The Many Causes of Chest Pain

Female doctor examining patient with stethoscope
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Chest pain is not a symptom you should ever ignore, for obvious reasons — it may indicate a cardiac problem. For this reason alone, if you have chest pain you should be evaluated by a doctor. Making an expeditious diagnosis of angina(chest discomfort caused by insufficient blood flow to the heart muscle), or even an actual heart attack, can permit the appropriate treatment to prevent permanent heart damage.

 

Many people who are evaluated for chest pain, however, are diagnosed with conditions that have nothing to do with the heart. This is because chest discomfort is a common symptom that accompanies many different medical problems. Some of these medical problems are quite significant and require aggressive treatment. Others are basically benign and are often treated with reassurance.

But either way, if you have chest pain — whether or not it turns out to be cardiac in nature — you need to be seen by a doctor. 

What Is Chest Pain?

"Chest pain" is a less precise term than you might think. It is often used to describe any pain, pressure, squeezing, choking, numbness or any other discomfort in the chest, neck, or upper abdomen, and is often associated with pain in the jaw, head, or arms. Depending on the underlying cause, symptoms can last from less than a second to days or weeks, can occur frequently or rarely, and might occur either sporadically and unpredictably, or under specific conditions and quite predictably.

The reason "chest pain" encompasses such a broad range of symptoms is that chest pain can be produced by a similarly broad range of medical conditions. Because chest pain can accompany medical conditions ranging from catastrophic to trivial, when a person experiences chest pain it is important for a doctor to characterize that pain as rapidly as possible, to determine whether it represents a problem that is likely benign, or quite serious.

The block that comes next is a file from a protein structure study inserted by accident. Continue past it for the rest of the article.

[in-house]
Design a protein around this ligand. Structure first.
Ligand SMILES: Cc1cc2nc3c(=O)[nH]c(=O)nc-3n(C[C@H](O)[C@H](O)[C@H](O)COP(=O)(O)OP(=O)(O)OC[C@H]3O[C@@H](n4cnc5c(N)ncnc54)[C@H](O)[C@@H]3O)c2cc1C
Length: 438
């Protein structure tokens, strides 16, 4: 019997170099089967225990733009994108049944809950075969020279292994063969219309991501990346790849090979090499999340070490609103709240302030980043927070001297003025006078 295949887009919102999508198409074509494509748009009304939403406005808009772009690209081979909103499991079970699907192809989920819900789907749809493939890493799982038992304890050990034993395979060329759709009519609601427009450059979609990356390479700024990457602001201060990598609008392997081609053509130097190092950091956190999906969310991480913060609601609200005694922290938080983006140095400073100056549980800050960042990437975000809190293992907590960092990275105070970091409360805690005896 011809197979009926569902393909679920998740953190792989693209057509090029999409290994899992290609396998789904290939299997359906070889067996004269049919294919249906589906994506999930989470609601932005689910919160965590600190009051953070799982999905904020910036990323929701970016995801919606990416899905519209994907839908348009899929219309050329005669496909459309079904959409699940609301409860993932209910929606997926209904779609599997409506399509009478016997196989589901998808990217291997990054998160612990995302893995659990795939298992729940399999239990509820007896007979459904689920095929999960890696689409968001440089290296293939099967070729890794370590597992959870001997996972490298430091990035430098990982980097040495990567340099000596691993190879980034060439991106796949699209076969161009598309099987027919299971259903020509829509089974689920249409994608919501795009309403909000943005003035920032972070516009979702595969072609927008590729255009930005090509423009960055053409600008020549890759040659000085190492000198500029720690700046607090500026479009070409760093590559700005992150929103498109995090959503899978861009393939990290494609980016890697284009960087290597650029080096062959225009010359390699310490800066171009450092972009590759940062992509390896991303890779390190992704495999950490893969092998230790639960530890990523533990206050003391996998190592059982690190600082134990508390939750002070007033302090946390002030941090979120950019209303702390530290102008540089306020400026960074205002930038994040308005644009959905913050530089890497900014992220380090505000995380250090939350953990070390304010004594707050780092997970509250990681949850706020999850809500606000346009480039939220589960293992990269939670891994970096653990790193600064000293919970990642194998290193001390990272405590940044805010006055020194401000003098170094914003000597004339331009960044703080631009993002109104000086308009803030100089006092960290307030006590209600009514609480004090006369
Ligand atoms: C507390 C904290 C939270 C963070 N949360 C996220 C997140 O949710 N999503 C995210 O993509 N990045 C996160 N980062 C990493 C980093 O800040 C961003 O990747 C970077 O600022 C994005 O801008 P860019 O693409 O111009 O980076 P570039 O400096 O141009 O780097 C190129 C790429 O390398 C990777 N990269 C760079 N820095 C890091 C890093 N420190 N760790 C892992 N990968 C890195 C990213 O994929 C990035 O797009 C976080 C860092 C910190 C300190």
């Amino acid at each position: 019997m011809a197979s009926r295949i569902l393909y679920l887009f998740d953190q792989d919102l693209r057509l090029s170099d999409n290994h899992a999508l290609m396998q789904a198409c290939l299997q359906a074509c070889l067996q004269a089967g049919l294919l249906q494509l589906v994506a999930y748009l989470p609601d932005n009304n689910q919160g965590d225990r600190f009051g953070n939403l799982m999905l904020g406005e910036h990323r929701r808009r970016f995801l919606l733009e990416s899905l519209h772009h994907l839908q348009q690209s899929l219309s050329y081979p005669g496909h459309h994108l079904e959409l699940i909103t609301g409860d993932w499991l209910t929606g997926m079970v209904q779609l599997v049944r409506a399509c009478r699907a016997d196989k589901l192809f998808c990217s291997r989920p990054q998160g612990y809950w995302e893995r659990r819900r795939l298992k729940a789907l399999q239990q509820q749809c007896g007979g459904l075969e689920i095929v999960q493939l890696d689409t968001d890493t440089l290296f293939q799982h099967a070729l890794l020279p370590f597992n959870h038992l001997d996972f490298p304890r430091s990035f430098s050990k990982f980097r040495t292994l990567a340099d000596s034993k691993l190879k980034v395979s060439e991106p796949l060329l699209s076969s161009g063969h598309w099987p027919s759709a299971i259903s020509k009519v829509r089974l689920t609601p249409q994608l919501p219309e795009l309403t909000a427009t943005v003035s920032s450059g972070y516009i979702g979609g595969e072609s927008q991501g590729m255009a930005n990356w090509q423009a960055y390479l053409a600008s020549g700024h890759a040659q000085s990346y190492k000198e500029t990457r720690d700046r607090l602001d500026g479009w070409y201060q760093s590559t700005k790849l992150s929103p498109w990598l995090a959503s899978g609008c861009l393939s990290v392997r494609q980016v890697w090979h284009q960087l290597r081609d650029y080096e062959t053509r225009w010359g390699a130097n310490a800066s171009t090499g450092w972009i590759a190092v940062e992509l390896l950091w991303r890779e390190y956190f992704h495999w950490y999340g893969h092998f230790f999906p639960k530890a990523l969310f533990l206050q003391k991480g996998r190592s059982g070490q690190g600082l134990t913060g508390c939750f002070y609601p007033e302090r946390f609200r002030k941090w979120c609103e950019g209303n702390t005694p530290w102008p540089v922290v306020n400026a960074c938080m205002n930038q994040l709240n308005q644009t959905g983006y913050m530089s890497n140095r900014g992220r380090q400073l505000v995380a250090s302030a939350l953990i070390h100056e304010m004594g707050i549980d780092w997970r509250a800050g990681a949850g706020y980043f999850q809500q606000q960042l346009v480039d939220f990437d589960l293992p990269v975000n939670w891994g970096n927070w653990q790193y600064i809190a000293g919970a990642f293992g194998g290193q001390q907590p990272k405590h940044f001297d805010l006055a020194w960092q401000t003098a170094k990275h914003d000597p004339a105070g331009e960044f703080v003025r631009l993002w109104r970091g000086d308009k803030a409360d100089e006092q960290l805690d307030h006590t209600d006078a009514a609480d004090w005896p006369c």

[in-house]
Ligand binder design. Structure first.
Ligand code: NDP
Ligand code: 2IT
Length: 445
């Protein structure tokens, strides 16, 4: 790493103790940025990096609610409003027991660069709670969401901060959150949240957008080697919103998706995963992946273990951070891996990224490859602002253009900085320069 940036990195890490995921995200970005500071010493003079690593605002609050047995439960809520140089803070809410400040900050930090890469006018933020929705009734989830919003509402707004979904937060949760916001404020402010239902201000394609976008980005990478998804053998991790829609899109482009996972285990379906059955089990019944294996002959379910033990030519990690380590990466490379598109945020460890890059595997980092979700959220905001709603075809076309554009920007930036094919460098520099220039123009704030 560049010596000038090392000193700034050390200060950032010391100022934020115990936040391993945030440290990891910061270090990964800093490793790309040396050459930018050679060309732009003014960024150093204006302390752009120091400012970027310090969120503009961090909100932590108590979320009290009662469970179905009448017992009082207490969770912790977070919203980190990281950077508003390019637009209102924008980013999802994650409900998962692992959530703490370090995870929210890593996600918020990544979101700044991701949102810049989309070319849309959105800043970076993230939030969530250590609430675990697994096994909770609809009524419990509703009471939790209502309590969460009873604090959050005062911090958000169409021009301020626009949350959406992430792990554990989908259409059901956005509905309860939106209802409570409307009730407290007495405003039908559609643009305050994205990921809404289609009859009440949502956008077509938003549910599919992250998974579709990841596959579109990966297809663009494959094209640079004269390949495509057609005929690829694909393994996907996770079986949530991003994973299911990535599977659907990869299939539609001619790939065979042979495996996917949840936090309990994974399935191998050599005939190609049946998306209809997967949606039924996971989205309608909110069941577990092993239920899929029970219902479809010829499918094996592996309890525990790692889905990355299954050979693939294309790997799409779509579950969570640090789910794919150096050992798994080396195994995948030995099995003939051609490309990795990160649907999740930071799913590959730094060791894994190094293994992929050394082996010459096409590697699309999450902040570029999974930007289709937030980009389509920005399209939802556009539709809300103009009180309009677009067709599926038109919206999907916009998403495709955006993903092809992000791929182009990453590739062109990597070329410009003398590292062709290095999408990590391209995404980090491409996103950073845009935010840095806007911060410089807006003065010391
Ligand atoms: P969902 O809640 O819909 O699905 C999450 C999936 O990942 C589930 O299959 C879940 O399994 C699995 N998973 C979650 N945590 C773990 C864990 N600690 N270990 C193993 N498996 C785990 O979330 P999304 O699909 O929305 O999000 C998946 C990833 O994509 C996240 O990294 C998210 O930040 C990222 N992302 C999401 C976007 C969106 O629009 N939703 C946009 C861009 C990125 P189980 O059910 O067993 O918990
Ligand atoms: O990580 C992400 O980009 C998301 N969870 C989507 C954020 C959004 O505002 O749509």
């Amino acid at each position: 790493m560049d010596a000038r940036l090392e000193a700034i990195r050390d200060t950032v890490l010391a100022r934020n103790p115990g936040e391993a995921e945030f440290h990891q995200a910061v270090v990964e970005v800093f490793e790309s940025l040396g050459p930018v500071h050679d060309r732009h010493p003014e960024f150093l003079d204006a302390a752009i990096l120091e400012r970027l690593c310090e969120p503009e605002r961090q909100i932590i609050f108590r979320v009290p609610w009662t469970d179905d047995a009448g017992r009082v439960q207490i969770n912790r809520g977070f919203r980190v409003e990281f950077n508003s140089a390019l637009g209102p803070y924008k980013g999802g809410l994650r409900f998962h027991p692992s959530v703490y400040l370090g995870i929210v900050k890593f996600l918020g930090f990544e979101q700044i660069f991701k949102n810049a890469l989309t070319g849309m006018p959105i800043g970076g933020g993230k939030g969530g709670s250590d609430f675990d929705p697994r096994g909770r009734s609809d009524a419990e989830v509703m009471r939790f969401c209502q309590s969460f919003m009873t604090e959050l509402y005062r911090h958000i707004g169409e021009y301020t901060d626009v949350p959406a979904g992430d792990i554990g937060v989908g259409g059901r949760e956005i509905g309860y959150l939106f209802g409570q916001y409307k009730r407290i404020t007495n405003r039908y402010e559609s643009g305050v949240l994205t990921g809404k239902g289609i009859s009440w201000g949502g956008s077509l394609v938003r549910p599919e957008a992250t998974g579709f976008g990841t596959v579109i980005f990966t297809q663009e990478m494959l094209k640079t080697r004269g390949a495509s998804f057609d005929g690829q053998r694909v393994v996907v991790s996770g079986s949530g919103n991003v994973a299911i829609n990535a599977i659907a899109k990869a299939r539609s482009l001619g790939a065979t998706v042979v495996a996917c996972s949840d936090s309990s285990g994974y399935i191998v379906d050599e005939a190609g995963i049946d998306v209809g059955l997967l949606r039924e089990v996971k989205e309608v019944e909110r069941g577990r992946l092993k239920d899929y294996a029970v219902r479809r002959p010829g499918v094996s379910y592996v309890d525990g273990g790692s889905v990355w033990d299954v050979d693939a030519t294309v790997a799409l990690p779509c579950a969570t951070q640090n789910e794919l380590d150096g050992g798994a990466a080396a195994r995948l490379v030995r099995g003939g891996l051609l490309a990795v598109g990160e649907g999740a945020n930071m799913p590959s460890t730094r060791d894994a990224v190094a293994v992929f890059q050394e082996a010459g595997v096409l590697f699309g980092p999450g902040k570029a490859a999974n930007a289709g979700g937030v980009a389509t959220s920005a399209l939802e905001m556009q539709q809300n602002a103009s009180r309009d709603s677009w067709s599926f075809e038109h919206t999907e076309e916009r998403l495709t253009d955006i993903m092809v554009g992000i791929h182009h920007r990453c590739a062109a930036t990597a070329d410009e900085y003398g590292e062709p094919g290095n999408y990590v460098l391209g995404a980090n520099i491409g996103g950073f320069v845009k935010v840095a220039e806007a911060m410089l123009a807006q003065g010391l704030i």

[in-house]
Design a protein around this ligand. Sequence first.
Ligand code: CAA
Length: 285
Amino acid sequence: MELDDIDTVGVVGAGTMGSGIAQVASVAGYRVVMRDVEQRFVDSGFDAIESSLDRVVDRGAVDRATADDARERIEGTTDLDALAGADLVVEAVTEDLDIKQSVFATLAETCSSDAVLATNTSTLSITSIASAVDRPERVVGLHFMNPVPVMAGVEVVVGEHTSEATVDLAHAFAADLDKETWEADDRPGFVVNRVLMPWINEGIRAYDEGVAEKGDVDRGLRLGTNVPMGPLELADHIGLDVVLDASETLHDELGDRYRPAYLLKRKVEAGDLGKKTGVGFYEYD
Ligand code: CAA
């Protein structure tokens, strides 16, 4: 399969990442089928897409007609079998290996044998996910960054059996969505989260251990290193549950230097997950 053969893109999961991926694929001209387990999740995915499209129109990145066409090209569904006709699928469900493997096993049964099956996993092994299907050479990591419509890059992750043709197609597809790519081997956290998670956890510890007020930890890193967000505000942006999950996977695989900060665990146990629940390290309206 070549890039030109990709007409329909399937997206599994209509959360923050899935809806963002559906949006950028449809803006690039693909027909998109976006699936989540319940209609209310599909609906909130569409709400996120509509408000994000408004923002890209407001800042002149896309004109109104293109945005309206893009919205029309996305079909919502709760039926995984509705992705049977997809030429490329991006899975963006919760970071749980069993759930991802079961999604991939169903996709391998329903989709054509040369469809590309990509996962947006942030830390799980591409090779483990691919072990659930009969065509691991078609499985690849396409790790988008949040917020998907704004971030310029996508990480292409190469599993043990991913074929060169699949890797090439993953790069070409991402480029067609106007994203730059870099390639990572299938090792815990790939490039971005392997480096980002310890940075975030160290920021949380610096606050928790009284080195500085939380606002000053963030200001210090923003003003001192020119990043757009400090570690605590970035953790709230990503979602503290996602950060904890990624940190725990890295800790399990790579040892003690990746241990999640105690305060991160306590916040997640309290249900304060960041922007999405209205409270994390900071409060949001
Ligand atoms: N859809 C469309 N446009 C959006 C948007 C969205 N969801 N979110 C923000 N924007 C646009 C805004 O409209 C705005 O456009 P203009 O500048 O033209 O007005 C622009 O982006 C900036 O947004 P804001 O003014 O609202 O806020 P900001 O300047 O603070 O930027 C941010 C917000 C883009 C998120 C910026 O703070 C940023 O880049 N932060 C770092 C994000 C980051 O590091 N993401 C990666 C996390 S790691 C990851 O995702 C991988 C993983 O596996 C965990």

What Medical Conditions Can Cause Chest Pain?

Chest pain can be caused by medical conditions affecting any of the organs located in the chest or upper abdomen, including the heart, blood vessels, lungs, airways, muscles, bones, esophagus or stomach. 

Here is a list of the more common causes of chest pain, roughly in the order in which they are seen in a typical hospital emergency room. Follow the links provided for more details on each condition: 

What Should You Do If You Have Chest Pain?

From this list of conditions that can produce chest pain, it should be obvious that, if you have chest pain, you need to be evaluated by a doctor.

But how can you tell if your chest pain is dangerous, or constitutes an emergency? And what should you expect the doctor to do in order to make a quick and accurate diagnosis? While there are no hard and fast rules to answer these questions, there are some general guidelines that can be very helpful. Read more about how chest pain should be evaluated.

Sources:

Buntinx F, Knockaert D, Bruyninckx R, et al. Chest Pain in General Practice or in the Hospital Emergency Department: is It the Same? Fam Pract 2001; 18:586.

Ruigómez A, Rodríguez LA, Wallander MA, et al. Chest Pain in General Practice: incidence, Comorbidity and Mortality. Fam Pract 2006; 23:167.

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